Broad coalitions of stakeholders, such as local communities, governmental and non-governmental organisations and land managers, need to develop a collective understanding of the challenges and an agreed measure of success through frequent interactions during the process to ensure collaborative implementation. Thus, the greatest benefit of ecological studies will be delivered via a transdisciplinary approach that, from the outset, engages a range of sectors, disciplines and stakeholders. This will help identify issues of most concern, plus any institutional, financial, and technical capacity needs, and contribute to co-developed action plans with high local significance. Various ecological approaches can be used to support ILA design and monitoring.
For example, ecology plays a key role in assessing spatial and temporal variation in biodiversity and ecosystem services. This involves collecting or compiling data on species presence and their abundance, the ecological services they deliver, and their uses and relational values perceived by local people. Similarly, ecological experiments could support ILAs by allowing researchers to determine drivers and predict the outcome of future events. That is key, as landscapes are experiencing rapid and unpredictable change, and understanding past events through snapshot studies or long-term monitoring may not predict non-linear or sudden changes. Furthermore, they should be considered alongside established principles for landscape approaches, governance, as well as existing ecological principles.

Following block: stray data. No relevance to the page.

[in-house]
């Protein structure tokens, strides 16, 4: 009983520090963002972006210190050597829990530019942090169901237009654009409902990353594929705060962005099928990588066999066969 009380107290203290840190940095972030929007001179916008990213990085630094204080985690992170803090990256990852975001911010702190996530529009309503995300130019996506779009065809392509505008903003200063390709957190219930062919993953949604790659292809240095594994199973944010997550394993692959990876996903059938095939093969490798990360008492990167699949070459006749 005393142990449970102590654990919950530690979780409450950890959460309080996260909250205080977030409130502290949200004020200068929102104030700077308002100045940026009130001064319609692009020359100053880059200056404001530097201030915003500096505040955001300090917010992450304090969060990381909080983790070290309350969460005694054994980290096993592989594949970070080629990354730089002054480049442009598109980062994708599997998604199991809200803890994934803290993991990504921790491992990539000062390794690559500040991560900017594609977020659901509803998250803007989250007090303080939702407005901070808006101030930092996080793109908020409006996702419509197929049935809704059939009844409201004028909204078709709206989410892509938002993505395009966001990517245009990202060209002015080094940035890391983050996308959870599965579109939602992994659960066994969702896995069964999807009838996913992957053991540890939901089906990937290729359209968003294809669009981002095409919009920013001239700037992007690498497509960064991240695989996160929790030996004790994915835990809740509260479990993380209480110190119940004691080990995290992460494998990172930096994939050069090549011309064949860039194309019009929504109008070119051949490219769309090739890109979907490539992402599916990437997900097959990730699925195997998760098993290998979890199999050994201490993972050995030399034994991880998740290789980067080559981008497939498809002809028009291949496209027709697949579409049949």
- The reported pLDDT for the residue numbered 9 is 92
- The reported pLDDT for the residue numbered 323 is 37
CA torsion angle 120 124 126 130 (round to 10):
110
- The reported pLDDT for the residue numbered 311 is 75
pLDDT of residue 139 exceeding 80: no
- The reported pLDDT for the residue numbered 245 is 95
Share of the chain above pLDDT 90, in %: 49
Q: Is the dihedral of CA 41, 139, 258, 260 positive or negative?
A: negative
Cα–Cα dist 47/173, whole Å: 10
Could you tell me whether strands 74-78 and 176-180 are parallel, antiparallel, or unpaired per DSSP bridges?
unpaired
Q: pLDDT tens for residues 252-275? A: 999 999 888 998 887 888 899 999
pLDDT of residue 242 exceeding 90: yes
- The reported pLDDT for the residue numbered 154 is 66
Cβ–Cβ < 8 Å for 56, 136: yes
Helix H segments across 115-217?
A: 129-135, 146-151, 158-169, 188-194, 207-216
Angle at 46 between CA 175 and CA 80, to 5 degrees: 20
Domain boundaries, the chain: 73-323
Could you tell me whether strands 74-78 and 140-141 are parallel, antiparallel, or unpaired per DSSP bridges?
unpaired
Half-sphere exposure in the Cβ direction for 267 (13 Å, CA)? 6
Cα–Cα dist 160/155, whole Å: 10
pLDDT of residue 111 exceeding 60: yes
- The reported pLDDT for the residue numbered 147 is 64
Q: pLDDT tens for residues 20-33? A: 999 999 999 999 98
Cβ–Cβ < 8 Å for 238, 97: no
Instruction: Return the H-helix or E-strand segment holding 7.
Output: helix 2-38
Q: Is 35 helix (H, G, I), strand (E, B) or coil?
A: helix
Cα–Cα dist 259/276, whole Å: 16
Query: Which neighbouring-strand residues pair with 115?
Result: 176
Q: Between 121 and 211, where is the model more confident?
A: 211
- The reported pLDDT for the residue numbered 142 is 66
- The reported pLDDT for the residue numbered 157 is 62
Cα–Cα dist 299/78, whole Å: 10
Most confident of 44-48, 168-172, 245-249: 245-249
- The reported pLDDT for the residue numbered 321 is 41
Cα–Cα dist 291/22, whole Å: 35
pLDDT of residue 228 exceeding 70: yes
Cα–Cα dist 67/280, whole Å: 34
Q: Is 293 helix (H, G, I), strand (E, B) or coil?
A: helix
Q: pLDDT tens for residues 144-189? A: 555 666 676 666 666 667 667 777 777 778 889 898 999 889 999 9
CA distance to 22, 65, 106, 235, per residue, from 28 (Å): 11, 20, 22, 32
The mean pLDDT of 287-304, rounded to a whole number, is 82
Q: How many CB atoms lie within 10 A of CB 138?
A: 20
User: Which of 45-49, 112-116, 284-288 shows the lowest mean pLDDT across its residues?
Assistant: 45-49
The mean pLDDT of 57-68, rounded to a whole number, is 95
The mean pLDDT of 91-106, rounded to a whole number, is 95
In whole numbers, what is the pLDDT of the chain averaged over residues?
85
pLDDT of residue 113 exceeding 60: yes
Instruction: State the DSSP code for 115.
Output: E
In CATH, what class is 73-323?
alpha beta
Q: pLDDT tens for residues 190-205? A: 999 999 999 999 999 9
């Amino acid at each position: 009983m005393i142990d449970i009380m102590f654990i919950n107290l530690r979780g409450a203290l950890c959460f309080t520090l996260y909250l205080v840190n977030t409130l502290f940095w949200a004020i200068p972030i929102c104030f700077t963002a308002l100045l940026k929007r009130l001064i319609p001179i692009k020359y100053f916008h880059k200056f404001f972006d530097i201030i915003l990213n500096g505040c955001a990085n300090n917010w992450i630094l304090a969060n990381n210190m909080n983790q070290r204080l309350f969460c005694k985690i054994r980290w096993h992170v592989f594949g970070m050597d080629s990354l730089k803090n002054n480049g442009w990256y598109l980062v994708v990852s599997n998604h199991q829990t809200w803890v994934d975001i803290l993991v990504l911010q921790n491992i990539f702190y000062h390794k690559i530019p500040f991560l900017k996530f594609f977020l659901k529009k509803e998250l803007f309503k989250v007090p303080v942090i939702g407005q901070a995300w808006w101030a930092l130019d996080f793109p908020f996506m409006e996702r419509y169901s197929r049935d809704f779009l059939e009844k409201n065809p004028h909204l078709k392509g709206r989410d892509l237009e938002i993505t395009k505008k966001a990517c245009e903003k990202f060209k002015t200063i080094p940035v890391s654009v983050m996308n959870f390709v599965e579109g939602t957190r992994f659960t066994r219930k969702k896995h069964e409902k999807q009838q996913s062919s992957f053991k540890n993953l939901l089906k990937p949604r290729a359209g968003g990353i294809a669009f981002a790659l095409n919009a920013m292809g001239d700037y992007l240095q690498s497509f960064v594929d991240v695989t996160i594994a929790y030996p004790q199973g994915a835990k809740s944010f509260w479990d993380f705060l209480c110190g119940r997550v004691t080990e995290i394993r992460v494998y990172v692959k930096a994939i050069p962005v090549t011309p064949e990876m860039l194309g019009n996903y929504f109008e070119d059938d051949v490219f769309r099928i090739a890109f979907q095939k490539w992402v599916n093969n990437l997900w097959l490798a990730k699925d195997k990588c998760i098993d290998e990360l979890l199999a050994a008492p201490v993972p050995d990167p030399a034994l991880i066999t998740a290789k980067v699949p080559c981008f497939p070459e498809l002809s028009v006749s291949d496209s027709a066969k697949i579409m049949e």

Embracing integration across its many dimensions will be key to progress in the implementation and evaluation of ILAs in future. Each particular context is critically important, but general principles can still apply. The application must be based on a solid understanding of past trends and current threats and actions need to have local relevance. A greater focus on the ecology of landscape approaches is necessary to enhance understanding of the functioning of landscapes through pattern/process dynamics and ensure that this is better incorporated within land-use decision-making. Meanwhile, greater integration of local socio-economic (and political) dimensions is necessary to shine a light on local lived realities and deliver on the promise of ILAs to be truly integrative.
Implementing integrated landscape approaches in India
In India, a mega-diverse country where millions of people rely on forests to sustain their livelihood in rural areas, the biodiversity crisis and decline in ecosystem services has posed a critical threat to the wellbeing of the local communities.